Less is known about Glacial Lake Columbia, which roughly amounted to a greatly-expanded version of modern day Lake Roosevelt—which consists of the water impounded behind Grand Coulee Dam. It is believed that during the Wisconsin glacial era Lake Columbia’s surface was about 1,000 feet higher than today’s surface elevation of Lake Roosevelt. Geologists also think that Lake Columbia was not subjected to periodic catastrophic floods caused by ice dam failures.

Skagit Valley fields once covered by the the Puget Lobe during the Pleistocene Ice Age.
The Skagit Valley - Today famous for bulb production, was buried under the nearly one-mile thick Puget Lobe of the Cordilleran Ice Sheet.

Lake Columbia was formed as a result of blockage created by a lobe of an ice sheet that spread down the Okanogan Valley, crossed the Columbia River, and then spread over 500 square miles of the Waterville Plateau. Advancing glaciers push huge accumulations of rocks and soil in front of them. When glaciers later retreat these mounds, some of them hundreds of feet high, remain as evidence in the form of “terminal moraines.” Withrow Moraine, west of Dry Falls and north of U.S. Highway 2, marks the southernmost reach of the Okanogan glacial lobe.

It seems clear that Grand Coulee and Moses Coulee were not formed entirely by the Lake Missoula floods, but initially were scoured by meltwater and runoff from Lake Columbia at an earlier time. Overflow water from Lake Columbia occupied Grand Coulee between flood events. However, substantial flood episodes were involved in the phenomenal natural feature of Dry Falls, near Coulee City. Dry Falls is a three-mile-wide complex of cataracts that during the Ice Age dropped water 400 feet. The force of floods and runoff was sufficient to dislodge basalt columns forming the lip of the falls. Over time the falls “retreated” 15 miles northward through Grand Coulee.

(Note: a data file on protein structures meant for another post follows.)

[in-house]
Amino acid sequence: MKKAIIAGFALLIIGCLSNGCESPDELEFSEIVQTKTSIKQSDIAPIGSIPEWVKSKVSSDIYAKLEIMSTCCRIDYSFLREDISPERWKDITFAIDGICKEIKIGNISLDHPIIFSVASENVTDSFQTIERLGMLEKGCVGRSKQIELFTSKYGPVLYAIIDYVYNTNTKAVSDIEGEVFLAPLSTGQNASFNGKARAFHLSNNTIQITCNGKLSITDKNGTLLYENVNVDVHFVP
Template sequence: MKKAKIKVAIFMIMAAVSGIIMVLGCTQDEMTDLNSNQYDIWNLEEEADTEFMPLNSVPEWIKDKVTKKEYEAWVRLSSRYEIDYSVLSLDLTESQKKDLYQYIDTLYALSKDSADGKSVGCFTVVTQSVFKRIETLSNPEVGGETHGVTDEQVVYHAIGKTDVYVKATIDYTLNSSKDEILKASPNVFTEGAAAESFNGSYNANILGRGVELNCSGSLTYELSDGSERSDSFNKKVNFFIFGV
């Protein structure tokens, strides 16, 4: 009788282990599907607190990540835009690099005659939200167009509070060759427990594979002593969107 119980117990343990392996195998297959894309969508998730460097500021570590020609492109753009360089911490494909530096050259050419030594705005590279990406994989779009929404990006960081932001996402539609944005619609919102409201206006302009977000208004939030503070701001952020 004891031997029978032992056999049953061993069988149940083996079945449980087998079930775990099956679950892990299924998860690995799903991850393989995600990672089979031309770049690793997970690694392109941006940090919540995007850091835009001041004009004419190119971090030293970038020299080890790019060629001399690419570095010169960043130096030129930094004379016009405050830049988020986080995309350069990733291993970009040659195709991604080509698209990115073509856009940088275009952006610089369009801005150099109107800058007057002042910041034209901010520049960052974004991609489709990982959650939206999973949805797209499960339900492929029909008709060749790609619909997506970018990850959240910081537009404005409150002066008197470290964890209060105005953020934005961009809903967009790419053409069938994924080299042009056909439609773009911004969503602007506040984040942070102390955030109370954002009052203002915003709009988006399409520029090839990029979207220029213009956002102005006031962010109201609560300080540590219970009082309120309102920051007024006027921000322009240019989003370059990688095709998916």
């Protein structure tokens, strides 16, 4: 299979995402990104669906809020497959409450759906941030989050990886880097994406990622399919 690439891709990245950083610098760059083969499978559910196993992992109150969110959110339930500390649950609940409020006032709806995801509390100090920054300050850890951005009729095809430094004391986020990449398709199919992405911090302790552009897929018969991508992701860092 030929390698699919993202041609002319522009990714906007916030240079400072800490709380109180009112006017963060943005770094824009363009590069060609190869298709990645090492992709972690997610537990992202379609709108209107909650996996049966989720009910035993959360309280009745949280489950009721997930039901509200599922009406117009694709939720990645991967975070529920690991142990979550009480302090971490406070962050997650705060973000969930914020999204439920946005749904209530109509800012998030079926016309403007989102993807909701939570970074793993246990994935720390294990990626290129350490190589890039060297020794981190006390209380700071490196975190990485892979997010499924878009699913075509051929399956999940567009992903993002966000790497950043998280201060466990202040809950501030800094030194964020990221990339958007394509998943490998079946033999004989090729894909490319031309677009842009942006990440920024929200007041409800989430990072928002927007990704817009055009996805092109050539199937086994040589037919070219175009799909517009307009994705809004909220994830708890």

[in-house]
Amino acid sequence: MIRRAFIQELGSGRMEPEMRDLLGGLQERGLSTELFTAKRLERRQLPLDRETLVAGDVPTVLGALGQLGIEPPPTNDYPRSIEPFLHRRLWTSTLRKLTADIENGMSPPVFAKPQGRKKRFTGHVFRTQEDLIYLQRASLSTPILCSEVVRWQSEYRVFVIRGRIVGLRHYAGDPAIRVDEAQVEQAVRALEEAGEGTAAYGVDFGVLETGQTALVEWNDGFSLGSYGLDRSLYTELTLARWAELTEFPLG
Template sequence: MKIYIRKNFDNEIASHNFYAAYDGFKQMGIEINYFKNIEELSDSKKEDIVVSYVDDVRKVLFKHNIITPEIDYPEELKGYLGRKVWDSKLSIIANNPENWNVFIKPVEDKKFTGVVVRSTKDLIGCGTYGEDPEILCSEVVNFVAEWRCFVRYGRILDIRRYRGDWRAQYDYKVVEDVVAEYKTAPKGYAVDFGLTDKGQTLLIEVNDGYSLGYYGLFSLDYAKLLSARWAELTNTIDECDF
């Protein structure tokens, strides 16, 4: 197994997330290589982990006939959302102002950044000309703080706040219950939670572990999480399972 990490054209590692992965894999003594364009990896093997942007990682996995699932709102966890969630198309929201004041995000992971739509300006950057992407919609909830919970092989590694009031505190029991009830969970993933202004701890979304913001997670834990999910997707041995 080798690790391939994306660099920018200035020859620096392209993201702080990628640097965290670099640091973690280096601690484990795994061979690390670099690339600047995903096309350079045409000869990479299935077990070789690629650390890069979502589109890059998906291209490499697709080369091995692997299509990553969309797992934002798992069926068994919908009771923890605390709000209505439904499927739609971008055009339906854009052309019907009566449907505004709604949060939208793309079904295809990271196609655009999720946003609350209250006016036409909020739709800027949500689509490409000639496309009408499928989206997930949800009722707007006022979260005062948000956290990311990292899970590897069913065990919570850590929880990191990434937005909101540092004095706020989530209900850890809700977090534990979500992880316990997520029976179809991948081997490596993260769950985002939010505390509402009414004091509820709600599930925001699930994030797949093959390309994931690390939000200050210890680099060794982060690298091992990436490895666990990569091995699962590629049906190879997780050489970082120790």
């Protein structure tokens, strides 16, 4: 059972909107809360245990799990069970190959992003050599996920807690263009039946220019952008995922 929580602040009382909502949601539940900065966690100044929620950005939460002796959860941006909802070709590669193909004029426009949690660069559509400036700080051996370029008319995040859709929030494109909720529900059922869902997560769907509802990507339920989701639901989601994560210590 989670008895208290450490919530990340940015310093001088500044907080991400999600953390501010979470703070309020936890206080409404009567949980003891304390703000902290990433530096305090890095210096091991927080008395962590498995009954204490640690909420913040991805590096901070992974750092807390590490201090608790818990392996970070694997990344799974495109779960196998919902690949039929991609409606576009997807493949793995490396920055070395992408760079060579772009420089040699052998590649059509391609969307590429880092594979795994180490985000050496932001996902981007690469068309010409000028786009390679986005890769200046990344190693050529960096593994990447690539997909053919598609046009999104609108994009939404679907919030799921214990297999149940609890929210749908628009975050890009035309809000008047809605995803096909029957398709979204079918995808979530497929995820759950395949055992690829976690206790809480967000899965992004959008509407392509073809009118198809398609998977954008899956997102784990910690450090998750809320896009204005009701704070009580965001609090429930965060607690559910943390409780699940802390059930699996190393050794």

Another glacial lobe in northeastern Washington created Lake Spokane, which at times may have been an extension of Lake Columbia. The glacial lobe which filled the Purcell Trench in the Idaho panhandle—and provided Lake Missoula’s ice dams—was 20 miles wide. Nearly all of the higher mountains in northwest Montana had large glaciers on their slopes during the Ice Age, and the glaciation was so extensive that it almost represented a continuous ice sheet. An extension of the Rocky Mountain Trench of British Columbia contained an immense valley glacier that was 6,000 feet deep at the U.S.-Canada border. Other glacial lakes may have been formed as the result of ice dams especially in the channel of the Kootenai River.

West of the Cascade Range, meanwhile, thick glacial ice sheets penetrated southward into the broad valleys of the Puget Sound lowlands--which at that time were dry land, except for several rivers. The southernly limit of the ice mass was reached a few miles beyond today's Olympia. Ice Age meltwater and runoff drained westward to the Pacific Ocean via the Chehalis River gap.